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Three things you need to know about No. 5 North Carolina

Everybody said that the six-game stretch from February 13th-March 4th was going to be a crazy one for Syracuse and it’s already lived up to the hype. An ugly loss to a tough NC State team, a blowout win over then-No. 18 Louisville and a heartbreaking loss to No. 1 Duke in front of a record crowd have gotten the gauntlet started for SU and it certainly doesn’t get any easier on Tuesday when the Orange make the trip down to Chapel Hill to take on No. 5 North Carolina at the Dean Dome.

The Tar Heels may well be the hottest team in the country at the moment and have won 10 of their last 11 games, including blowout wins over Duke, NC State and Virginia Tech. The Orange always have their struggles against UNC (the Tar Heels lead the all-time series 11-4 and have won 7 in a row against the ‘Cuse) but they’re probably getting UNC at its absolute peak and there’s a lot to look out for.

Pace, Pace and More Pace

If it’s known for anything, North Carolina is known for wanting to go fast all the time. In almost any given season they are one of the best transition teams in the country and almost always score a ton of points. That’s no different this season. The Tar Heels check in as the third-best scoring team in the country at 87.1 points per game and have three players averaging at least 15 points a pop. They’re also sixth in the country in possessions per game, so this team is going to want to get up and down and fill the basket. Clearly that presents a lot of issues for SU. The Orange score just 69.8 points a game which ranks 263rd in the country. This is not an SU team that is built to play in shootouts and compete in games that run up the score. They’re going to have to find a way to limit UNC in transition and somehow keep them below their typical scoring output, otherwise this game could get ugly and fast.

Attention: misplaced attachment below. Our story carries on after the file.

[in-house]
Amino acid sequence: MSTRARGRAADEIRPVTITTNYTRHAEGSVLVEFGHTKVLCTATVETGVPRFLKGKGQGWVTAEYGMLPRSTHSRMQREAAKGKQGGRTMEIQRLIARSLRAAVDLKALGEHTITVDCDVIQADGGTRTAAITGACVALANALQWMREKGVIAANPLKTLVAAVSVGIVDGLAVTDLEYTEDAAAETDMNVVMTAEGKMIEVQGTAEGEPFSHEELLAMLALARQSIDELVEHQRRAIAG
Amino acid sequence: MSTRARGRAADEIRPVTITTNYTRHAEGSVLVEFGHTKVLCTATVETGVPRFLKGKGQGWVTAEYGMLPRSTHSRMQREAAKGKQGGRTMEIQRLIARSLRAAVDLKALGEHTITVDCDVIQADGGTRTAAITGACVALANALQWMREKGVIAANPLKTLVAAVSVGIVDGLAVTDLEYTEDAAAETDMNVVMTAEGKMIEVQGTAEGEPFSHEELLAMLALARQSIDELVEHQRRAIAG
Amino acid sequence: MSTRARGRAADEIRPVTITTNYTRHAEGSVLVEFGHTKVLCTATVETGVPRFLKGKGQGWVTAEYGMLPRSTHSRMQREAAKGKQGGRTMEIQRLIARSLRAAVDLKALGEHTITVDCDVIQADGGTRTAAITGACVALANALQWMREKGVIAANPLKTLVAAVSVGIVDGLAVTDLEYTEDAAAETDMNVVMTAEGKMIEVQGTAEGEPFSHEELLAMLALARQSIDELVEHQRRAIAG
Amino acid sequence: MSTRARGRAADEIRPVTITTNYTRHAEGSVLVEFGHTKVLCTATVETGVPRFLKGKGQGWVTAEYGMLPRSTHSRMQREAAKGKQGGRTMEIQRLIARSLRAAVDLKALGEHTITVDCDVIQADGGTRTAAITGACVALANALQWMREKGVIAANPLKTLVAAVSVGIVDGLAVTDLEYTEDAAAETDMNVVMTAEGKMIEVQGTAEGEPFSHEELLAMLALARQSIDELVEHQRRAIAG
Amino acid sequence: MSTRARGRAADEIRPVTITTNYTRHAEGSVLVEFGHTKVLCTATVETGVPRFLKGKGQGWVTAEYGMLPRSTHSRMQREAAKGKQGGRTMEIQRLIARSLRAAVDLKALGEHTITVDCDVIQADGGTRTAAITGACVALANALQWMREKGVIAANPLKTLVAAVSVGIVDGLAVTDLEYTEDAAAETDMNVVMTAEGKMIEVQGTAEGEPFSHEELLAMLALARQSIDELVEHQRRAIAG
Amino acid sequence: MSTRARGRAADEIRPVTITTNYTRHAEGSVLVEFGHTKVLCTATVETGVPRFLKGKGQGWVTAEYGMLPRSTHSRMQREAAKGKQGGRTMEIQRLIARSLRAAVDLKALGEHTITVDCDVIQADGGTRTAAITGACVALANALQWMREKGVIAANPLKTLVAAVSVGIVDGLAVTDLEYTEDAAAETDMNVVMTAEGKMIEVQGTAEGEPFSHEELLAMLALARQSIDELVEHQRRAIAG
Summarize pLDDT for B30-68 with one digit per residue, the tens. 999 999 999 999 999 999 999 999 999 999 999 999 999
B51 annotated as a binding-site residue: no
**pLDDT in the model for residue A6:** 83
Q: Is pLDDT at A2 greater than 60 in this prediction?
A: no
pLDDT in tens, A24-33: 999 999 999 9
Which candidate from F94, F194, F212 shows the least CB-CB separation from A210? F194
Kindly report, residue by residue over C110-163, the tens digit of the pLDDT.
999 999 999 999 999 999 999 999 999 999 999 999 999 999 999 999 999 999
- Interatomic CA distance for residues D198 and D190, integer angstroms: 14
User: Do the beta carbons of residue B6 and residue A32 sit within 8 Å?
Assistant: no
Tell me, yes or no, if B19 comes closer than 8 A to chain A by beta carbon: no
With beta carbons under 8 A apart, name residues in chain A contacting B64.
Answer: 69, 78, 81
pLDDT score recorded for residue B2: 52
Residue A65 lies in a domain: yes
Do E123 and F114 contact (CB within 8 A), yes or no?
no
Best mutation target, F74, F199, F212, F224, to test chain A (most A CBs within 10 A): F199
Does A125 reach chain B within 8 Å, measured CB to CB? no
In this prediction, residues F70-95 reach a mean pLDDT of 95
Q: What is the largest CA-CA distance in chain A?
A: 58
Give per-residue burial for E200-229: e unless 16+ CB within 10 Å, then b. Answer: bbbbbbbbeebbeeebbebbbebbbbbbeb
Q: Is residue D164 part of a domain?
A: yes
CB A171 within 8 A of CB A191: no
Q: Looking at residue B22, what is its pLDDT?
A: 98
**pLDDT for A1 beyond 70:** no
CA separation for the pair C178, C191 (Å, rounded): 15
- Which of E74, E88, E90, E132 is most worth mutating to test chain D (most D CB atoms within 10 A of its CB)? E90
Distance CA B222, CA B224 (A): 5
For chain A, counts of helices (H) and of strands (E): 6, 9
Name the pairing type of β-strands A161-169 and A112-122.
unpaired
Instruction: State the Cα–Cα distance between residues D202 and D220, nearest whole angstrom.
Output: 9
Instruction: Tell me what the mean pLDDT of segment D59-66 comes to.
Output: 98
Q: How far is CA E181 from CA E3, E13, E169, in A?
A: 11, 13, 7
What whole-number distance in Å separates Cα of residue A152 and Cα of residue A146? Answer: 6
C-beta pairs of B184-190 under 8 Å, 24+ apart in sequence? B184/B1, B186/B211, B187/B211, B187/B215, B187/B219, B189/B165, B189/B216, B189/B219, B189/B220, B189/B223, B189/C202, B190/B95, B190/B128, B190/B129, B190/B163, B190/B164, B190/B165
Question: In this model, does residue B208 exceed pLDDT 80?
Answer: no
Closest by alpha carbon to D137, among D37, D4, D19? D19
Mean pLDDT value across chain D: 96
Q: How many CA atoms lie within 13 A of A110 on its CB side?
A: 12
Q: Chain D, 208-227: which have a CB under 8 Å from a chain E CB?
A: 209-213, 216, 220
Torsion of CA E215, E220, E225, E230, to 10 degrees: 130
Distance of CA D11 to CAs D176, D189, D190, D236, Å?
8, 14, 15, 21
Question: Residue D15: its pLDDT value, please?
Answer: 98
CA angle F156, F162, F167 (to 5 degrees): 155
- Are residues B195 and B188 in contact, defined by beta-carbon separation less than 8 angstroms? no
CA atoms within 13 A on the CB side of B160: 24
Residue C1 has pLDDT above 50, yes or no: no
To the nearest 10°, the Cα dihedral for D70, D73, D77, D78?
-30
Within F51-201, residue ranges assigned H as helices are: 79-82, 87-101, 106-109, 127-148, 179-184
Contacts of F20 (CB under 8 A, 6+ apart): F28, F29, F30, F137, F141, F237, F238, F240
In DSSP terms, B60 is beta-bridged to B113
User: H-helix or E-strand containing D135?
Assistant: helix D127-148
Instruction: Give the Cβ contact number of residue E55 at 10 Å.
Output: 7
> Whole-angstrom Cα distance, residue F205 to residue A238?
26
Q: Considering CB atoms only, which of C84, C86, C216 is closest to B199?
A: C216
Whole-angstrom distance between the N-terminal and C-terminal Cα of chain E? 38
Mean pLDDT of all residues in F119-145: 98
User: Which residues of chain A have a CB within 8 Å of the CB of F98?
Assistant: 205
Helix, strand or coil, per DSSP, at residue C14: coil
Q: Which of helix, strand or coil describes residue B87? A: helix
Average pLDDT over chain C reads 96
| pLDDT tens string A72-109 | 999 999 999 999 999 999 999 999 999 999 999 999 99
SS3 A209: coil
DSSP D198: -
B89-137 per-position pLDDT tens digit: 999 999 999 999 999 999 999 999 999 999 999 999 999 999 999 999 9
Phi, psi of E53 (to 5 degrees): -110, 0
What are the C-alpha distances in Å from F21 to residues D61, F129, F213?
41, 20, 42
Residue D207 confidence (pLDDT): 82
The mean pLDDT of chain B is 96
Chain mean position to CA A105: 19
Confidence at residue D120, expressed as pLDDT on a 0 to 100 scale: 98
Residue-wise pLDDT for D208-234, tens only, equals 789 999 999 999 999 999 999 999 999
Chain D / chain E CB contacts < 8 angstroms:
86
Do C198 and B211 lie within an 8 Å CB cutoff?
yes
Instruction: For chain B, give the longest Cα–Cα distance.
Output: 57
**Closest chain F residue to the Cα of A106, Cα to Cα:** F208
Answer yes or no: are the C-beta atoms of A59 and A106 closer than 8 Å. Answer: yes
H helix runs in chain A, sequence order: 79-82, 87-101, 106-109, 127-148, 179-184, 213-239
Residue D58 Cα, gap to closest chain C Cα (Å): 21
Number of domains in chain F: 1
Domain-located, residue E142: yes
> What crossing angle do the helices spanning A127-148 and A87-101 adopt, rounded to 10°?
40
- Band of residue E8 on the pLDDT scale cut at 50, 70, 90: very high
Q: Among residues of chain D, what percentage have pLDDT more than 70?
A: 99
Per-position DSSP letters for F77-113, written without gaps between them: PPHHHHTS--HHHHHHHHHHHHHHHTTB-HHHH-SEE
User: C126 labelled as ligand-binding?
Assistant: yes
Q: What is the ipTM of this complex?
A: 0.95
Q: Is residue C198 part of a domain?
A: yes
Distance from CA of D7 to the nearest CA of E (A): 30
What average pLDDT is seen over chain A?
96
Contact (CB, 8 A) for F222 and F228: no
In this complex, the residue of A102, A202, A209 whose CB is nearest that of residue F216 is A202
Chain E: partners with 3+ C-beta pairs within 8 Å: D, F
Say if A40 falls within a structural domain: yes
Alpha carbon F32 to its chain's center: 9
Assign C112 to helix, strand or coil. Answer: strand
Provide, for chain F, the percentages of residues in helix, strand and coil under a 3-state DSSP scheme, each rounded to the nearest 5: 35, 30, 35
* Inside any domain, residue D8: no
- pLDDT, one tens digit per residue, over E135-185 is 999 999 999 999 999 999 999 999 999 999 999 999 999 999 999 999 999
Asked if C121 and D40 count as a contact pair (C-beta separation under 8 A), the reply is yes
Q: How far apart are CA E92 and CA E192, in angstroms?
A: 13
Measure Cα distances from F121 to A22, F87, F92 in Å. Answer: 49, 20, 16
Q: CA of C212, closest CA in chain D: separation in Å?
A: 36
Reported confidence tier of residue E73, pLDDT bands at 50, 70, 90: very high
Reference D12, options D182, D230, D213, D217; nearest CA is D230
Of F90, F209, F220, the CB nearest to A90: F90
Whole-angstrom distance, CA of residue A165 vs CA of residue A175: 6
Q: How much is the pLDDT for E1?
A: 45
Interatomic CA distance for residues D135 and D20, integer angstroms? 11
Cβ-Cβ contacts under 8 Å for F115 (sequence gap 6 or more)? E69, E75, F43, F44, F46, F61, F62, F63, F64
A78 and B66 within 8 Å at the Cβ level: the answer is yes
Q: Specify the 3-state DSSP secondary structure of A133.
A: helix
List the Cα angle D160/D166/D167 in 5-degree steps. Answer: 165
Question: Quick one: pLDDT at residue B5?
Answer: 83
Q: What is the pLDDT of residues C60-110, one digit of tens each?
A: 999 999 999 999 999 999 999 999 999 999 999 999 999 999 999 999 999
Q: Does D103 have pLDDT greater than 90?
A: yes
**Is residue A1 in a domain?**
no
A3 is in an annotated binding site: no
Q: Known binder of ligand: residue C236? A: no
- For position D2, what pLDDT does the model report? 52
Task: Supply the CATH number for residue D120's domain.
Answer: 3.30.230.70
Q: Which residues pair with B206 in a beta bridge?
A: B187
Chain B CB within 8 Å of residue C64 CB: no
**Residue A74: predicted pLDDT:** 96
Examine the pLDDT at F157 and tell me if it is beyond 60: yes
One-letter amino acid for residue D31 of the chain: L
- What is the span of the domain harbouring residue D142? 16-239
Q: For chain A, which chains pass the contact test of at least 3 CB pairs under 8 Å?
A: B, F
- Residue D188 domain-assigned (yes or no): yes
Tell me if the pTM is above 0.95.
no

Something Old, Something New, Something Borrowed, Everything Carolina Blue

Sure this is an old wedding adage, but it actually works perfectly for this North Carolina team. There are six players for UNC averaging at least eight points per game and they’re the perfect blend of youth and experience. Leading scorer Cameron Johnson (16.7 ppg, .473 3PT%) is a fifth-year senior and graduate student who has played his last two seasons with UNC after transferring from Pitt at the beginning of last season (there’s your something borrowed). He teams up with defending ACC Player of the Week senior Luke Maye (15.2 ppg, 9.9 rpg) and senior guard Kenny Williams (8.5 ppg) as the upperclassmen in Carolina’s typical starting lineup. The young blood in the starting five is made up by freshman PG Coby White (15.2 ppg) and sophomore forward Garrison Brooks (8.3 ppg). Rounding out the outstanding group of six that UNC brings to the table is freshman forward Nassir Little (9.7 ppg, .500 FG%). Little was ranked as the No. 3 recruit in the 2018 class by 247sports and is projected to be a top-10 pick in the NBA Draft by ESPN. Needless to say, this UNC roster is once again loaded, but unlike a team like Duke, it’s not just all freshmen carrying the load. The Tar Heels are the perfect blend of veteran leadership and talented youth and that’s a combination that is going to be very tough to beat.

Board Bullies

If pace is the first thing that comes to mind when you think of North Carolina, rebounding is a very close second. It seems like every season, the Tar Heels rank near the top of the country in crashing the class and the 2018-19 season has been no different. UNC is tops in the country in team rebounds per game at 42.8, which is just a tick higher than arch-rival Duke which clocks in at 42.2. The Blue Devils absolutely manhandled Syracuse on the boards in the second half of Saturday’s loss (27-16 margin) and Jim Boeheim said after the game that his team just isn’t a great rebounding team. Playing the zone is always a part of that, but that narrative is going to have turn around against UNC because the Tar Heels will feast on the offensive and defensive glass if Syracuse lets them and that could spell disaster for SU’s chances at a big-time upset.

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